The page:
The wild cat calendars for 2018 are stunning! Here are the big cat calendars from National Geographic and the World Wildlife Fund available from Amazon. Click on any of the images for further details.
2018 National Geographic Calendars
"National Geographic supports vital work in conservation, research, exploration, and education. The 2018 Tigers Calendar is earth friendly, printed with soya-based inks on FSC certified paper. A perfect gift for any nature lover."
FSC is the Forest Stewardship Council which certifies that the paper comes from a forest and supply chain that is managed in a environmentally, economically and socially responsibly way.
"The National Geographic Society has launched the Big Cats Initiative; a long-term commitment to stop poaching, save habitats, and sound the call for global action to save big cats in the wild. This 12-month 2018 Big Cats Calendar is earth friendly and printed with soya-based inks on FSC (Forest Stewardship Council) certified paper."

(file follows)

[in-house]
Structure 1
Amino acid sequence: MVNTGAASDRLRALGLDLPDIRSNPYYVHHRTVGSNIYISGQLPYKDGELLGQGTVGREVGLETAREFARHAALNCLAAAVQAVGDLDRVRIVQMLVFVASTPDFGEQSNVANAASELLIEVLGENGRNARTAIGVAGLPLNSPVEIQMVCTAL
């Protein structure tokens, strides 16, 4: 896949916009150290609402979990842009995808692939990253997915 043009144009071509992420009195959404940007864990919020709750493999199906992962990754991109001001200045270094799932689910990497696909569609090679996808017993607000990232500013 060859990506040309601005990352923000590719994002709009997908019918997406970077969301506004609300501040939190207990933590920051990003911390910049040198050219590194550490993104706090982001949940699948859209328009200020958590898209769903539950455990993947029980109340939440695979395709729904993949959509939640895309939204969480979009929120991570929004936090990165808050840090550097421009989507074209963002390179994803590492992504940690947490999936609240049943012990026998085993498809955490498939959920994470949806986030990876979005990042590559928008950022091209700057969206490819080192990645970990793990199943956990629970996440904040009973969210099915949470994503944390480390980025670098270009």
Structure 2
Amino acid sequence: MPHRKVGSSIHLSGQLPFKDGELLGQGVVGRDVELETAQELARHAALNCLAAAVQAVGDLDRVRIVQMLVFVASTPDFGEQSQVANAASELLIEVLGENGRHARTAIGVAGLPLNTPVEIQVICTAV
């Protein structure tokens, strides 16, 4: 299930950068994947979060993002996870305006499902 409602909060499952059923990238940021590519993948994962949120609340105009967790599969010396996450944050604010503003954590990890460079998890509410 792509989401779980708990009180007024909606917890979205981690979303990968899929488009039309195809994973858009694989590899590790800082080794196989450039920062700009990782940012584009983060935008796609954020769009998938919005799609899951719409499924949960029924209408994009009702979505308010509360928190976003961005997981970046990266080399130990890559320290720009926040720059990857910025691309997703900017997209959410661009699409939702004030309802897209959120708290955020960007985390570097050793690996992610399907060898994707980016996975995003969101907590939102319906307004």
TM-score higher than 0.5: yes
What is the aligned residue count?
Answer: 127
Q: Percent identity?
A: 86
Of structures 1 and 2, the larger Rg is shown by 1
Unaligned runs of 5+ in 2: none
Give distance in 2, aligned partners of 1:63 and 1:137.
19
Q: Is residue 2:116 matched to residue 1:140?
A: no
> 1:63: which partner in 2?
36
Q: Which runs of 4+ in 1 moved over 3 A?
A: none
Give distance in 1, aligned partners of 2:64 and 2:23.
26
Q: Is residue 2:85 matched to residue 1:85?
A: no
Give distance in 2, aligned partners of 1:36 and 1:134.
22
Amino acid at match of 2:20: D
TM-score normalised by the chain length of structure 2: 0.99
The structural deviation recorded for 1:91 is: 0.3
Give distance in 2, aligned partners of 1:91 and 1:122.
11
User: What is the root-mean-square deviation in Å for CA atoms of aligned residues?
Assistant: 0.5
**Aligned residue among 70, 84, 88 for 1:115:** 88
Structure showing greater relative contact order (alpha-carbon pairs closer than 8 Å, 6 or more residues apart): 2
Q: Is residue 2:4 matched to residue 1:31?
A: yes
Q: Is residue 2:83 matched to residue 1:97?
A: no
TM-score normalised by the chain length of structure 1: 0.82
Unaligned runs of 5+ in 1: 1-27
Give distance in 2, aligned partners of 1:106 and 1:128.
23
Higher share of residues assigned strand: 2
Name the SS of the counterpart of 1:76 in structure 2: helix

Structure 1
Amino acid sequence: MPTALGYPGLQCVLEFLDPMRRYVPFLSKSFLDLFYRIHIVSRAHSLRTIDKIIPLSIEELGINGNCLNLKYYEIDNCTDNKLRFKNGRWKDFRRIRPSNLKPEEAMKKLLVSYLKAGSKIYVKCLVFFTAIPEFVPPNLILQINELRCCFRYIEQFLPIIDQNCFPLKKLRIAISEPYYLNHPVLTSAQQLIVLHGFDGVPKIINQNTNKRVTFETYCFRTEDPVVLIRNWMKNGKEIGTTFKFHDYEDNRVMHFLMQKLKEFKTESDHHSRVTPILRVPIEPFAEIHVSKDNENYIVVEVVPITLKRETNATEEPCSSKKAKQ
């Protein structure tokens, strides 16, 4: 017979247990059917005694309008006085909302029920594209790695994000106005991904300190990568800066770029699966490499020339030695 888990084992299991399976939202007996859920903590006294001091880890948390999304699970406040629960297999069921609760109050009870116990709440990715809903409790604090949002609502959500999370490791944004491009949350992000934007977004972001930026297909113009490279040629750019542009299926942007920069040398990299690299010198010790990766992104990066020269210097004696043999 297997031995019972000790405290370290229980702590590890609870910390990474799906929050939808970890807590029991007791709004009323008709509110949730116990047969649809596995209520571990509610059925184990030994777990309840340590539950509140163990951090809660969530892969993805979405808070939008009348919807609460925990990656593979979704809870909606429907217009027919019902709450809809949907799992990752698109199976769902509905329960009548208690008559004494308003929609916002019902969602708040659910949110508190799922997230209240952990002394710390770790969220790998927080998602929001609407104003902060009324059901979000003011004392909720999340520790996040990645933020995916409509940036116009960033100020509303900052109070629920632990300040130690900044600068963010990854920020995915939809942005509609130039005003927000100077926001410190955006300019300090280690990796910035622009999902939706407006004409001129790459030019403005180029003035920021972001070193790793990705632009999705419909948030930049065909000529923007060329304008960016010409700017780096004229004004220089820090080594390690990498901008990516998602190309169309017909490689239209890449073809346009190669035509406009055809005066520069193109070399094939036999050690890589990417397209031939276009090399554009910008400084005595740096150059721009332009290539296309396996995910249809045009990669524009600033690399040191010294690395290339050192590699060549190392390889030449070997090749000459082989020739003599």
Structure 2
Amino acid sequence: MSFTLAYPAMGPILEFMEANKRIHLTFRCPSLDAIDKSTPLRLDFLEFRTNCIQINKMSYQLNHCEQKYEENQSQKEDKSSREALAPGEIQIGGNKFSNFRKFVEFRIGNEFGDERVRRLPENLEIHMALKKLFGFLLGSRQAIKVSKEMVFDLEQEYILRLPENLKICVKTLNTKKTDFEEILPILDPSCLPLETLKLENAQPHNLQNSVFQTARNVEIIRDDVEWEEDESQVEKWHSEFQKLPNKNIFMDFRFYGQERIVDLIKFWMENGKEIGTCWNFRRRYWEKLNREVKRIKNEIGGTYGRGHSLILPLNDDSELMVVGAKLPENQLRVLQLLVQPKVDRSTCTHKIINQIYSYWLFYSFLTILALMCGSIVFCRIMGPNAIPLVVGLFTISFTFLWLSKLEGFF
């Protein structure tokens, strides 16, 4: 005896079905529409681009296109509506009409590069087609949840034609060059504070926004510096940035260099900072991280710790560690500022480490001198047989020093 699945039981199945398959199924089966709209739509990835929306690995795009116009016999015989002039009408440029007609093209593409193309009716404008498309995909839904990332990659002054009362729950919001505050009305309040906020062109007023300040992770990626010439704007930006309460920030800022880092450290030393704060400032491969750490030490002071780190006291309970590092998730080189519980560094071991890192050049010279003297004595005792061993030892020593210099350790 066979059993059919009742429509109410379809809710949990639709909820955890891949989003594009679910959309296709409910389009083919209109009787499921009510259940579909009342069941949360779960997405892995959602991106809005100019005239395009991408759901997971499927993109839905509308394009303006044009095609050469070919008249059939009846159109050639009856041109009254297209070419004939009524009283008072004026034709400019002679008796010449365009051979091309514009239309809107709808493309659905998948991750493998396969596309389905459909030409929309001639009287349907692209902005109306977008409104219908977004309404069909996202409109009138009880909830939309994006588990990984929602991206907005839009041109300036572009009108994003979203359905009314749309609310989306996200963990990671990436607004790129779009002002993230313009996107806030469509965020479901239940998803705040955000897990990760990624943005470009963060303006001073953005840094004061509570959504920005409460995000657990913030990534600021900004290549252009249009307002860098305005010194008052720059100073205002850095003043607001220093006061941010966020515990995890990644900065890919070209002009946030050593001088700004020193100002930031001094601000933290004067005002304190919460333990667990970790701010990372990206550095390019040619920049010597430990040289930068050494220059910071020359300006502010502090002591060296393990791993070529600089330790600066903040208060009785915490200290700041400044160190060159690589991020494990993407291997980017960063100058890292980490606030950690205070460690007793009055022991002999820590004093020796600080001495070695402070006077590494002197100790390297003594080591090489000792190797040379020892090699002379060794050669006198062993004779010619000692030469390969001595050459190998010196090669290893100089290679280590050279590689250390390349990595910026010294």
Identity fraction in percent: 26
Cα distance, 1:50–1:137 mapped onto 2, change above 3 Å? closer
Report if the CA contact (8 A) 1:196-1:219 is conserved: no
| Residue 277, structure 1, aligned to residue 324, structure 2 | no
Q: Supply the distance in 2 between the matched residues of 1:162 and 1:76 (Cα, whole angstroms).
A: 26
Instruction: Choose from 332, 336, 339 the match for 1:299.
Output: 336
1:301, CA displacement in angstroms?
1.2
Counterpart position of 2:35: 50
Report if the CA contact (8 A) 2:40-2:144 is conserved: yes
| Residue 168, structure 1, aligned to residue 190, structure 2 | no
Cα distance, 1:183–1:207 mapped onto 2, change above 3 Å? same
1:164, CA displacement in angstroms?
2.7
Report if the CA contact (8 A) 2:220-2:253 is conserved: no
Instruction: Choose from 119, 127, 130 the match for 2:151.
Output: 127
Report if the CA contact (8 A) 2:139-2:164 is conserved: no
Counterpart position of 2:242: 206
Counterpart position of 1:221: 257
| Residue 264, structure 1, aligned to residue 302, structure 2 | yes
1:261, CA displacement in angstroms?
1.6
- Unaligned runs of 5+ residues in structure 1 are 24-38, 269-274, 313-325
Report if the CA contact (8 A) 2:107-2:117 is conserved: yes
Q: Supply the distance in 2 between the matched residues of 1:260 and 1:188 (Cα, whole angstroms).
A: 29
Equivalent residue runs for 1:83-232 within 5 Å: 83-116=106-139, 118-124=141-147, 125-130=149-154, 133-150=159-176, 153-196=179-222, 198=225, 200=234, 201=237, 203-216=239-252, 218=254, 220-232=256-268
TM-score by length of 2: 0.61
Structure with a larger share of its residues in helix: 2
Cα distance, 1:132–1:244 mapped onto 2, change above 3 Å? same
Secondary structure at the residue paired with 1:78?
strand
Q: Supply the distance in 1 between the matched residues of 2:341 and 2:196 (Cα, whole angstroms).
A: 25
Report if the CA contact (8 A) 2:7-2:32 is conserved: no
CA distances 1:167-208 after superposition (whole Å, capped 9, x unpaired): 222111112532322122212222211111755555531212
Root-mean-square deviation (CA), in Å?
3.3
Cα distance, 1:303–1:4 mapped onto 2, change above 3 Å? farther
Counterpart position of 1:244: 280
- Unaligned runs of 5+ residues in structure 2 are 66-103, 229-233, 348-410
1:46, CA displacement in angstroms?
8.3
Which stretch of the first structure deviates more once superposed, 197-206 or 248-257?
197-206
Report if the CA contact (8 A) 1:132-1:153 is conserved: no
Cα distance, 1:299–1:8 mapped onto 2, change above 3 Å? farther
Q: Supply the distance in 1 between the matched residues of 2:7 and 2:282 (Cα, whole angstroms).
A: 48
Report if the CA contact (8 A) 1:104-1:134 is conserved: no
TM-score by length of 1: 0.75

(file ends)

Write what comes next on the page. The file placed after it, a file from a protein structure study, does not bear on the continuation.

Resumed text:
2018 World Wildlife Fund Calendars
"Lion, tiger, panther, bobcat, ocelot, snow leopard and jaguar are just some of the wild cats included in this handsome 2018 Wild Cats Wall Calendar. In the US and Canada, WWF receives 50 cents for each WWF calendar purchased."
The World Wildlife Fund WWF is a global conservation organization that focuses on priority species at an international level. Their goal is that "By 2020, populations of the most ecologically, economically and culturally important species are restored and thriving in the wild.". Their big cat conservation programs include - WWF - Snow Leopard, WWF - Tiger Conservation, WWF - Amur Leopard and WWF - Clouded Leopard.
"WWF, in presenting this important 2018 Tigers Wall Calendar, hopes to keep this magnificent cat at the forefront of conservation efforts. In the US and Canada, WWF receives 50 cents for each WWF calendar purchased."
WWF TX2 - Tigers x 2 is the World Wildlife Fund's ambitious project to double wild tiger numbers by 2022 which is the next Chinese Year of the Tiger. "Doubling wild tigers is possible with full commitment from the 13 tiger range countries. World tiger population is now estimated to be around 3900 according to best available data. For the first time in about a century, we have halted the global decline in wild tiger numbers."